– DFI Grants to Nurture Emerging Filmmaking Talent from Around the Globe; Announces Recipients of 2013 Spring Grants for MENA Filmmakers
– Eligibility extended to all nations
– Regional criteria apply to Middle East and North Africa; OECD’s DAC list countries; rest of the world
From July 15, 2013, grant applications accepted for first and second-time filmmakers only
Doha- Qatar, 13 May, 2013: Doha Film Institute (DFI) today unveiled at the Cannes Film Festival a significant expansion to its existing grants programme, which will allow it to support new talent from around the world. DFI Grants has truly global reach, as film projects from all nations are now eligible for funding from the Institute.
The expanded programme is open to first- and second-time filmmakers only. Applications are accepted from three regions: the Middle East and North Africa (MENA); the OECD’s Development Assistance Committee list of countries (DAC); and the rest of the world. Different submissions criteria apply for each region.
DFI Grants will retain its emphasis on supporting filmmakers from the MENA region, while at the same time opening its programme to emerging talent from around the world. Under the new criteria, all projects by directors and screenwriters from the MENA region are eligible for submission. Any narrative features from DAC countries are also eligible. All other submissions are by invitation only.
Abdulaziz Al-Khater, Chief Executive Office of DFI, said: “The expanded DFI Grants programme marks our commitment to developing a new talent pool of international filmmakers, regardless of location, and to creating a portfolio of what we call ‘global films’. This will further establish Qatar as a global hub of filmmaking.”
Filmmakers from 22 countries in the MENA region and some 94 DAC nations stand to benefit from the new initiative, which will also foster ongoing exchange among filmmakers, especially through the new DFI Grantee Alumni Programme, a network that provides support for filmmakers during and beyond the grant phase.
In total the programme will support up to eight narrative and four documentary features from all regions and up to eight further projects from the MENA region in each grant cycle. There are two grant cycles per annum.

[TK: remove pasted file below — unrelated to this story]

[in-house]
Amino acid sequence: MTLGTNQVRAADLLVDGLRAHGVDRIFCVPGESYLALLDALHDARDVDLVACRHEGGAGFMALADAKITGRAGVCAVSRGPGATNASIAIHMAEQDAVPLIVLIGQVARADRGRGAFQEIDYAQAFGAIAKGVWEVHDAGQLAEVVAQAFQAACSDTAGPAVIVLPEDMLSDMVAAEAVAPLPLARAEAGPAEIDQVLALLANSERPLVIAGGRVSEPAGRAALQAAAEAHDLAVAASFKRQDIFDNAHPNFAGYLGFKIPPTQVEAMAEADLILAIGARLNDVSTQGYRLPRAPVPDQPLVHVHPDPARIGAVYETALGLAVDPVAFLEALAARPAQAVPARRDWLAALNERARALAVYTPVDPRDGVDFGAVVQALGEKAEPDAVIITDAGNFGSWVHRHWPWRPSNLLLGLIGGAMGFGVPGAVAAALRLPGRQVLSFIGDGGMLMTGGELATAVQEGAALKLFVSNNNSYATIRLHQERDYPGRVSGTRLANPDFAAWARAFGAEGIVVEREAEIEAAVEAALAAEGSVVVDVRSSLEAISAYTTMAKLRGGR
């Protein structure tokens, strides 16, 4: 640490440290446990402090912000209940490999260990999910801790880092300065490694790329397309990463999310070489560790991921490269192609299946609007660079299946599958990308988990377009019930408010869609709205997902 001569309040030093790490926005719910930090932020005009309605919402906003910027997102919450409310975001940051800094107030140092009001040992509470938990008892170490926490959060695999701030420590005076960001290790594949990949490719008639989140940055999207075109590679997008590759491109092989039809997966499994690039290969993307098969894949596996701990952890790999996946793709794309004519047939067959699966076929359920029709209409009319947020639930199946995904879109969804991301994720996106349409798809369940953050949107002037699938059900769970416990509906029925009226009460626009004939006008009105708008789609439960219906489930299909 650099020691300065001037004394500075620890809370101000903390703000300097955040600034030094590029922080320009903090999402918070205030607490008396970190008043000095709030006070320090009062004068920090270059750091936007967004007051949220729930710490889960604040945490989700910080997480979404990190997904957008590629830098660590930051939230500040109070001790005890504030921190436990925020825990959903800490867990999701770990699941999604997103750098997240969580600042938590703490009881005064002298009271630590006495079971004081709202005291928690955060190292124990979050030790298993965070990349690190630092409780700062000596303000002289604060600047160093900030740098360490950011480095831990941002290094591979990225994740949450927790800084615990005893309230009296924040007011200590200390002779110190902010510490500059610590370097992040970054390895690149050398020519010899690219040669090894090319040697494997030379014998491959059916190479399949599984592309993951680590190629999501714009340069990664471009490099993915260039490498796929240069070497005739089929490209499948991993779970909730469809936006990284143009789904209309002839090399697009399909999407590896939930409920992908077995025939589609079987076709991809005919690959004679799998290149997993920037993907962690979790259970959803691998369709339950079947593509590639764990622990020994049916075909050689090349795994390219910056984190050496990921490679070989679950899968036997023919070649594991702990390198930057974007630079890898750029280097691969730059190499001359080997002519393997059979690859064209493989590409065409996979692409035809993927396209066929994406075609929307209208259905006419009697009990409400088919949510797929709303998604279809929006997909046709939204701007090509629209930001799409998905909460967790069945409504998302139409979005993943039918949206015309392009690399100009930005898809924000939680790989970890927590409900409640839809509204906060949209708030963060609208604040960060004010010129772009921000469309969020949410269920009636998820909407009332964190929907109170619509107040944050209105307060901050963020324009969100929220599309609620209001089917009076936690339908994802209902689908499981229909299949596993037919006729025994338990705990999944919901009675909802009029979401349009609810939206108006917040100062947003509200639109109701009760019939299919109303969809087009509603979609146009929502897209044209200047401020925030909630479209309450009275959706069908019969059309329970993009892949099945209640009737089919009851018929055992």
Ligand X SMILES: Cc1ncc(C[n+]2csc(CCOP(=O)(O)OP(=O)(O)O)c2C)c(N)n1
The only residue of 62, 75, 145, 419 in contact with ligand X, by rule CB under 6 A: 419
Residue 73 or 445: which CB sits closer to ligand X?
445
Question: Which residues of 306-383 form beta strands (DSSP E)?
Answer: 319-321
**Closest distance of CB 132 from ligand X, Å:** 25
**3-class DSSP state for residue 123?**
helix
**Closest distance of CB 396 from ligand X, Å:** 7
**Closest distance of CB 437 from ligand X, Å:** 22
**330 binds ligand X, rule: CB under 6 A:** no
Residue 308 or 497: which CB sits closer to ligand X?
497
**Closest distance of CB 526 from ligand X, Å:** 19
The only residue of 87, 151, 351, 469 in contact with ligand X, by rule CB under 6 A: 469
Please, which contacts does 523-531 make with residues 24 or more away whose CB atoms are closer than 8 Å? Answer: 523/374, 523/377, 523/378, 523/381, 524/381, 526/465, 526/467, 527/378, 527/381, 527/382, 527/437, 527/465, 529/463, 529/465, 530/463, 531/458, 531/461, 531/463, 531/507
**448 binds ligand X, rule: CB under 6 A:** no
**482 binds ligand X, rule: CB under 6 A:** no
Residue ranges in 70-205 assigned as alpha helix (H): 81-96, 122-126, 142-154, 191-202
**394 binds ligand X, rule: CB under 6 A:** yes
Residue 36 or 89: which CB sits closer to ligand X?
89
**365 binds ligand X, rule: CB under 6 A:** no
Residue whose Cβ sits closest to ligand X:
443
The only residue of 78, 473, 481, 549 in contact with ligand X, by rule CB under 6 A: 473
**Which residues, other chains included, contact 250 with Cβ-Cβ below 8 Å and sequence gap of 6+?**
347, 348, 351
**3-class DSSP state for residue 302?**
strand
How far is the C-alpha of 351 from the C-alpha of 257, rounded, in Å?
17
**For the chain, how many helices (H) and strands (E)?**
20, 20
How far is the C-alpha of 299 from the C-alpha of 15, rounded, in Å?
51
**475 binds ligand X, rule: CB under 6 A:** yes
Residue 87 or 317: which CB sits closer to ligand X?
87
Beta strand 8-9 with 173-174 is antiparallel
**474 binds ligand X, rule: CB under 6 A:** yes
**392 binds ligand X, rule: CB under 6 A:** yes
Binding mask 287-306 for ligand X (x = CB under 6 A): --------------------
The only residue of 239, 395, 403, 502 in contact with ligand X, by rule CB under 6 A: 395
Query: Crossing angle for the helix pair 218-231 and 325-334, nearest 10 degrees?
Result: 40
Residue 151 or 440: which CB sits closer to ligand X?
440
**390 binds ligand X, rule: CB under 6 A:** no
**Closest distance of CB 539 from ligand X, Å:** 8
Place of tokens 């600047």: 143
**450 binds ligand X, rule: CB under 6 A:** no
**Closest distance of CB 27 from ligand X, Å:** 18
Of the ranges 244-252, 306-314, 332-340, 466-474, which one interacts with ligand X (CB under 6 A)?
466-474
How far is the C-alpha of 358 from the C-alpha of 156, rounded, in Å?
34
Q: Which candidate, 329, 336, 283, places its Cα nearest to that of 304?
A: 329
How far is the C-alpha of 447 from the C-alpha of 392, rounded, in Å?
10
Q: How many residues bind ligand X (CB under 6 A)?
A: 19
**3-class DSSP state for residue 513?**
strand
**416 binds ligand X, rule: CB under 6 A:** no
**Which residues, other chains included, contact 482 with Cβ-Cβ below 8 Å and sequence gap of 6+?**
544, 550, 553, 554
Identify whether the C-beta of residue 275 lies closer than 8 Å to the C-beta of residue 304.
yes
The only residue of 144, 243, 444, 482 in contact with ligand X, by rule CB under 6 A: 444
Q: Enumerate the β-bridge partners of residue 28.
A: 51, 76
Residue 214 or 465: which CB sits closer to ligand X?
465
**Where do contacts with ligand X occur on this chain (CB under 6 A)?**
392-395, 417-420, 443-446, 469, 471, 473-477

Further details on the eligibility criteria will be available on DFI’s website (www.dohafilminstitute.com) from mid-June. Submissions for the next grant cycle will be accepted from 15 July, 2013.
Meanwhile, in the final cycle of DFI’s MENA Grants programme, 19 new projects have been selected for the 2013 spring session, including 11 fiction and 8 documentary films selected from 236 applicants. A significant increase in applications from North Africa was noted this round, as well as a marked rise in co-production applicants.
Paul Miller, Head of DFI Film Financing, said: “It’s fantastic to see the originality and range of themes and topics that our 19 recipients have shown in this round of submissions, as well as the large number of female and first- and second-time directors. This round of applicants impressed us with their highly personal stories that reflect the complex social and cultural realities of contemporary life in the MENA region. We look forward to working with them to bring these new projects to life.”
Miller concluded: “We have decided to expand our grants programme to allow DFI to have a hand in discovering the next generations of film talent from around the world. In the future, our grants scheme will allow for ever-increasing creative and cultural exchange among MENA recipients and talented individuals who represent film culture around the world”.
Grantees for the Spring 2013 session are:
Feature Narrative – Development Grants
– Honey Cigar (Kamir Aïnouz, Algeria)
– James Dean and Me (Sameh Zoabi, Palestine)
– Nawara – The Light Blue Satin Robe (Hala Khalil, Egypt)
– Son of a Dog (Alain Sauma, Lebanon)
Feature Narrative – Production Grants
– 2 Rooms and a Parlor (Sherif El Bendary, Egypt)
– Tramontane (Vatche Boulghourjian, Lebanon)
– Wooden Rifle (Alfouz Tanjour, Syria)
Feature Narrative – Post-Production Grants
– Ghetto Child (Guillaume Tordjman and Uda Benyamina, Tunisia/Morocco)
– Theeb (Naji Abu Nowar, Jordan)
Short Narrative – Production Grants
– Mariam (Faiza Ambah, Saudi Arabia/France)
– Survival Visa (Nadia Rais, Tunisia)
Feature Documentary – Development Grant
– Ahmed in Wonderland (Erige Sehiri, Tunisia/France)
Feature Documentary – Production Grants
– The Coming Attraction (Nidal Al Dibs, (Egypt)
– Executioners Never Tell Their Stories (Ali Essafi, Morocco)
– The Foreign Son (Abdallah Badis, Algeria/France)
– Jeanne d’Arc Masriya (Iman Kamel, Egypt)
– My Uncle The “Terrorist” (Elias Moubarak, Lebanon)
– Out/In the Streets (Jasmina Metwaly and Philip Rizk, Egypt)
– The Rise of the Gulf/Beyond Black Gold (Frederic Compain, UAE/France)
Since 2010, DFI has supported 138 regional filmmakers with grants distributed to reflect the diversity of voices within the region. With the launch of the new DFI Grants programme, DFI aims to take film financing and talent development to the next level of growth.
About Doha Film Institute:
Doha Film Institute (DFI) is an independent, not-for-profit cultural organisation established in 2010 to incorporate Qatar’s film initiatives under one banner. It organically supports the growth of the local film community by enhancing industry knowledge, cultivating film appreciation and contributing to the development of sustainable creative industries in Qatar.
DFI’s year-round platforms include funding and production of local, regional and international films, educational programmes and film screenings.
With culture, community, education and entertainment at its foundation, DFI serves as an all-encompassing film hub in Doha, as well as a resource for the region and the rest of the world.
DFI is committed to supporting Qatar’s 2030 vision for the development of a knowledge-based economy.